PIMFA, the trade association for wealth management, investment services and the personal investment and financial advice industry, has called on the Government to embrace a ‘a generational’ to re-energise the UK retail investment market, six months on from the Edinburgh Reforms.
PIMFA welcomes the engagement from the Government and the Regulator in the past six months in seeking the views of the industry with regard to the current regulatory regime and the collective desire to understand what works for the UK financial services industry and what needs reform.
However, while we share the Government’s enthusiasm to reform financial services regulation following the UK’s departure from the European Union (EU), some of the discussion papers and calls for evidence have suggested a desire for wholesale reforms to areas where, member firms have told PIMFA, the case for reform remains unclear.
As a result, PIMFA is reiterating its call for Government and the Regulator to use a scalpel rather than a sledgehammer in their approach to reshaping financial services regulation in the UK and focus on those areas where genuine improvements can be made.
One area where PIMFA believes wholesale reform would be beneficial however is the provision of financial information to consumers, which PIMFA argues should be simplified considerably. In fact, PIMFA argues there is a generational opportunity to foster a true culture of saving and investing in the UK by simplifying the disclosure of financial information to consumers.
There is clear evidence the disclosure regime in the UK hasn’t worked for some considerable time. The previous Packaged Retail and Insurance-based Investment Products (PRIIPs) regime was overly complex and confusing, comparing the characteristics of a vast range of products through a single document that resulted in Key Information Documents (KID) that risked providing misleading information that could lead to consumer harm. Put simply, the complexity of KIDs and the language used within them, had a negative impact on retail investor sentiment, putting investors off buying certain investment products, particularly retail bonds.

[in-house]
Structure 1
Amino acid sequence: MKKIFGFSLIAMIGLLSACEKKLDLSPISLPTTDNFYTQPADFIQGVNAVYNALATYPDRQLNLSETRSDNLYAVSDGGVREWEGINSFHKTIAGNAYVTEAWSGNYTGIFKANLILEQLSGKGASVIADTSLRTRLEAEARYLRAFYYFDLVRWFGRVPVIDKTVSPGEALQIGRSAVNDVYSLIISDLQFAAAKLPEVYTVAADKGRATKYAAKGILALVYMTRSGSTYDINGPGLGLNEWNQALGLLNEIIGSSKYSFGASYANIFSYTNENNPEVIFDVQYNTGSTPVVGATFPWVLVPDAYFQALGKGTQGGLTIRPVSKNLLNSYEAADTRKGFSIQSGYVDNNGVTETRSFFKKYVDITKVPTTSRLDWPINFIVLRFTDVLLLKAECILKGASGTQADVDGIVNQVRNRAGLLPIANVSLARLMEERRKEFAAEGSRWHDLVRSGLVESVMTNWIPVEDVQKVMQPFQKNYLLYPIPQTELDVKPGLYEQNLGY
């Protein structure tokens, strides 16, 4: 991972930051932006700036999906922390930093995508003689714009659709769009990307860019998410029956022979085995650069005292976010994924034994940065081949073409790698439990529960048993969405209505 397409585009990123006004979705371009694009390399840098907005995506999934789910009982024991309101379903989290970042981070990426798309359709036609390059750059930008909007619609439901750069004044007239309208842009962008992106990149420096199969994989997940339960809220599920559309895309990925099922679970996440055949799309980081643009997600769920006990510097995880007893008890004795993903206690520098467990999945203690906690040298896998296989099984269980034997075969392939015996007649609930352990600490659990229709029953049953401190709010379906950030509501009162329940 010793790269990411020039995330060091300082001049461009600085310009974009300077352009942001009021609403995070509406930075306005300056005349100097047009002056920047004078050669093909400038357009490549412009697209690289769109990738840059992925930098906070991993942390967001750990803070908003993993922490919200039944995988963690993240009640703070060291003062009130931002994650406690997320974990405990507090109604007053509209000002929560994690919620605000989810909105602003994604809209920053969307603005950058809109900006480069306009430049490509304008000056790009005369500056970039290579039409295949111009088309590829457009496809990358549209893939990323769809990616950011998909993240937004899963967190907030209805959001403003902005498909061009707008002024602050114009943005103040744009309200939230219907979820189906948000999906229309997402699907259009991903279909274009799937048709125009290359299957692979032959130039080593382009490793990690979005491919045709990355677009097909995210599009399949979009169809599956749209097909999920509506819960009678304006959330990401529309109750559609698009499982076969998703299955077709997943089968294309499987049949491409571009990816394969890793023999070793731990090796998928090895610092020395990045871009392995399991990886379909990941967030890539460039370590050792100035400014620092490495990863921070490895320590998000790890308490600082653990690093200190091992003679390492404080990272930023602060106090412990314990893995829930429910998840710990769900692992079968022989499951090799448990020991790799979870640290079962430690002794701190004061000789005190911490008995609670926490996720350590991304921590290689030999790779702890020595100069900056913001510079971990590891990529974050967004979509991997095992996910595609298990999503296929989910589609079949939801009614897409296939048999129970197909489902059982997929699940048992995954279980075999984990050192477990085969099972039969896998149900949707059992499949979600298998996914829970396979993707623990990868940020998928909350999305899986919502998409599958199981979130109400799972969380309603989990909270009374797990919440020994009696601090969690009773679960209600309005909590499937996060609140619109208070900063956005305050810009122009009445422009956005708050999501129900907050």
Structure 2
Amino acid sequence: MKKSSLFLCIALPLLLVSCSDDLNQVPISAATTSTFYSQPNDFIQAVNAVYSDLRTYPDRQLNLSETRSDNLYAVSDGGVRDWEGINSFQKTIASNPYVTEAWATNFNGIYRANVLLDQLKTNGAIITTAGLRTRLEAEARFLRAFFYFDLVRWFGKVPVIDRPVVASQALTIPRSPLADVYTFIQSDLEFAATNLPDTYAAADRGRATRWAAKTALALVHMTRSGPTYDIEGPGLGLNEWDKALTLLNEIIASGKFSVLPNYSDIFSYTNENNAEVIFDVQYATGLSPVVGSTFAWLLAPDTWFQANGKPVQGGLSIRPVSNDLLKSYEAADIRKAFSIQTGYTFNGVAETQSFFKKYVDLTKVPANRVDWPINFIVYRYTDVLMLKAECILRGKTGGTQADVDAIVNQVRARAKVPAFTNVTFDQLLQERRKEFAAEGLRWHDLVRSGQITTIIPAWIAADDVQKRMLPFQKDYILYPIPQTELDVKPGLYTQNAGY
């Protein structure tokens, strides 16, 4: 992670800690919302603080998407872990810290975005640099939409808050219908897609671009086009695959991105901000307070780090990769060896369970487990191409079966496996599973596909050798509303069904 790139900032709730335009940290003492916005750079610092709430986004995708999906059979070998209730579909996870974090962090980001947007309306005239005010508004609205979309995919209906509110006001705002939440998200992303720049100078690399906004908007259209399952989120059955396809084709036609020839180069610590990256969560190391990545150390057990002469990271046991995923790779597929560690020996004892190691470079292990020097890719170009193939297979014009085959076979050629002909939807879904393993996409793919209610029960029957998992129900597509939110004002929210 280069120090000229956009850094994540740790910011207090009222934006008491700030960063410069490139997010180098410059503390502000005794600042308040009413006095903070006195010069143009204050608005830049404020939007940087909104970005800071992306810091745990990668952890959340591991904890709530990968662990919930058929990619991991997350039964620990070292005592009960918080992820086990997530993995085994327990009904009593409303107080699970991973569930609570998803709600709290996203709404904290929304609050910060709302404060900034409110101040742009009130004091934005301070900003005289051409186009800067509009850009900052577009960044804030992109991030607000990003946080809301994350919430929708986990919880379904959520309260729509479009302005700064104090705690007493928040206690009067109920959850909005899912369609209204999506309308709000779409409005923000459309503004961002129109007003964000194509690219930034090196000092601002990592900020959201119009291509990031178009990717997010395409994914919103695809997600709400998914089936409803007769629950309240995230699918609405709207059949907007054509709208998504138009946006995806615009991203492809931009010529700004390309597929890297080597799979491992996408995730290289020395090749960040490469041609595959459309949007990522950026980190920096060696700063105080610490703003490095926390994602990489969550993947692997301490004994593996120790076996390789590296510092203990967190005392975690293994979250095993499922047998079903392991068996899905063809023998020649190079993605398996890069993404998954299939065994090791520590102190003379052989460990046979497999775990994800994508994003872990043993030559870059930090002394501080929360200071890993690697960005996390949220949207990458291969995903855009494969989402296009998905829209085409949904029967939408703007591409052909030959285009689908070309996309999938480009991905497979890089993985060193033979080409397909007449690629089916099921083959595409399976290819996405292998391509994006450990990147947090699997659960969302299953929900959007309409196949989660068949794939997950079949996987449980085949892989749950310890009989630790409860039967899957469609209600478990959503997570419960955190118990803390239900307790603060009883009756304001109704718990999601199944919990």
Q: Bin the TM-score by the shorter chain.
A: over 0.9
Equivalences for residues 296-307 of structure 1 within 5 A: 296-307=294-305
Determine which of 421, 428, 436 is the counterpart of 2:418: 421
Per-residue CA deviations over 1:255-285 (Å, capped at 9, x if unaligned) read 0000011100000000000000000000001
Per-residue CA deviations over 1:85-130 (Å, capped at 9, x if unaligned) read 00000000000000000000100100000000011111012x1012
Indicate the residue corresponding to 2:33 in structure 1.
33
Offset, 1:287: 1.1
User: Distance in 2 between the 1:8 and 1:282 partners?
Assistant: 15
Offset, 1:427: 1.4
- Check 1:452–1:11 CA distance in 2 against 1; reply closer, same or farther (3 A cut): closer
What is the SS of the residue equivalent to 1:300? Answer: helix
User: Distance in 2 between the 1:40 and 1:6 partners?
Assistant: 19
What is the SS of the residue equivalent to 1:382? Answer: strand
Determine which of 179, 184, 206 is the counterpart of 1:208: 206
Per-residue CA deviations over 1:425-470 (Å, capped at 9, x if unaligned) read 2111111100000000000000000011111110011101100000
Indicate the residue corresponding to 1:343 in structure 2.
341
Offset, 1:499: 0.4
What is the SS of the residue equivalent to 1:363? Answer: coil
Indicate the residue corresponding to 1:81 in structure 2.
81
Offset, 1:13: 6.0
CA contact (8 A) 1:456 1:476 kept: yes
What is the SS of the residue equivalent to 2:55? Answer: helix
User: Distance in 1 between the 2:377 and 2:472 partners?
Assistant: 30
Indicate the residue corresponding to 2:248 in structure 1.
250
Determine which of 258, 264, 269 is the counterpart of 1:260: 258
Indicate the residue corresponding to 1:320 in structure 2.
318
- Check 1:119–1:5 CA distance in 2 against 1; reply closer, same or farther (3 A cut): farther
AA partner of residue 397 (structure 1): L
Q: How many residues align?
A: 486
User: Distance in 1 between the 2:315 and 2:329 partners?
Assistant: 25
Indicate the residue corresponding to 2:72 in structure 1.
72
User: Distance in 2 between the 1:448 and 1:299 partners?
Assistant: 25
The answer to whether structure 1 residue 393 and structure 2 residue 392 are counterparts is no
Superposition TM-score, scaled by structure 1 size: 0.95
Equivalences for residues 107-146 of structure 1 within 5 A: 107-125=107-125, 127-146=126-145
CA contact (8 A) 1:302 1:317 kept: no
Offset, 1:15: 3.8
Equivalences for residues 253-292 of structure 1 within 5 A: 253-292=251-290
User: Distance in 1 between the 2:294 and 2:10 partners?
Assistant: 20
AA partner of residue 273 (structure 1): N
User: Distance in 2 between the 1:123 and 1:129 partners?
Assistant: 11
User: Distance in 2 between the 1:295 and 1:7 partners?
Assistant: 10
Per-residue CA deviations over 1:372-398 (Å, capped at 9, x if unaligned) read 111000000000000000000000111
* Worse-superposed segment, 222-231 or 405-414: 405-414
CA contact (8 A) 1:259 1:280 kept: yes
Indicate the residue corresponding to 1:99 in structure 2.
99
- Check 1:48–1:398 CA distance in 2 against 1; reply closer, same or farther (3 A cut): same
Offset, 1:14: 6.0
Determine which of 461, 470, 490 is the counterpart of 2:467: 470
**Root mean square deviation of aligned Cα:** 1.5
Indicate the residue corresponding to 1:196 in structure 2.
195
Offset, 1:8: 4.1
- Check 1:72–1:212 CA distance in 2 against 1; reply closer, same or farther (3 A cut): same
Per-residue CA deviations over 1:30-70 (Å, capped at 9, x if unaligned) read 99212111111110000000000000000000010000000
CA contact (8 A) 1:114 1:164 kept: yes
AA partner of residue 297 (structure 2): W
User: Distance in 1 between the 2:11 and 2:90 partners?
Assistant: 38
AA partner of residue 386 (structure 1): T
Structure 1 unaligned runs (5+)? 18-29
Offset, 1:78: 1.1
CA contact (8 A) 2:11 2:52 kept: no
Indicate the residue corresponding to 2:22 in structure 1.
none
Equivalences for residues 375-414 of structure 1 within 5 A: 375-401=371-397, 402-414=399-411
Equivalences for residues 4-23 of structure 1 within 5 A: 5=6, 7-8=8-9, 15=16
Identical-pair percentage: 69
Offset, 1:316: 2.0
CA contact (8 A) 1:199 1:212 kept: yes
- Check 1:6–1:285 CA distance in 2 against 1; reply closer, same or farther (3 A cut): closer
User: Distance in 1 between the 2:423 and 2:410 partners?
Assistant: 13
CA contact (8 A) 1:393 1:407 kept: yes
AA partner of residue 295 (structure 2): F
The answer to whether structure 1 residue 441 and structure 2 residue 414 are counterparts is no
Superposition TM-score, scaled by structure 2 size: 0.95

PIMFA argues that six reforms to the disclosure regime would have a dramatic effect on the retail investment market and dramatically boost investing and saving in the UK.
It is therefore calling on the Government and Financial Conduct Authority (FCA) to:
- recognise low levels of consumer engagement and financial literacy in the UK and stop using disclosure information as a regulatory tool
- focus disclosure information on mass market products such as funds and exclude retail bonds
- take advised businesses out of a future disclosure regime allowing them to rely on suitability letters, which are tailored to their individual client’s needs and circumstances
- develop “headline” disclosures that use straight forward language, are short and focus on the essential information consumers need to know about a product before buying it
- launch a broad review of all retail disclosure rules including those under the Markets in Financial Instruments Directive, Insurance Distribution Directive (IDD) and Distance Marketing Directive (DMD)
- create a central retail disclosure sourcebook in the FCA Handbook, making it easier for firms to identify and comply with the rules relating to information provision.
Simon Harrington, Head of Public Affairs at PIMFA, commented: “We are really encouraged by, and indeed share, the Government’s desire to reform financial services in the UK to make the regulatory regime better suited to how firms work on behalf of their clients.
“But as we have said recently there is a danger that in seeking to make things better the Government and FCA throw the baby out with the bathwater. We would recommend a more surgical approach to financial service reform, particularly given the resources and time already expended by firms to implement certain regulations that on the whole are working well.
“The provision of financial information to consumers through disclosure documents is the one area where we believe wholesale reform is not only required but presents policymakers with a genuine opportunity to engage more people to save and invest and empower them to take more control of their financial futures.
“We’d strongly urge the Government and the FCA to engage with us on this issue and as always stand ready work with them to create a the culture of saving and investing we all want to see.”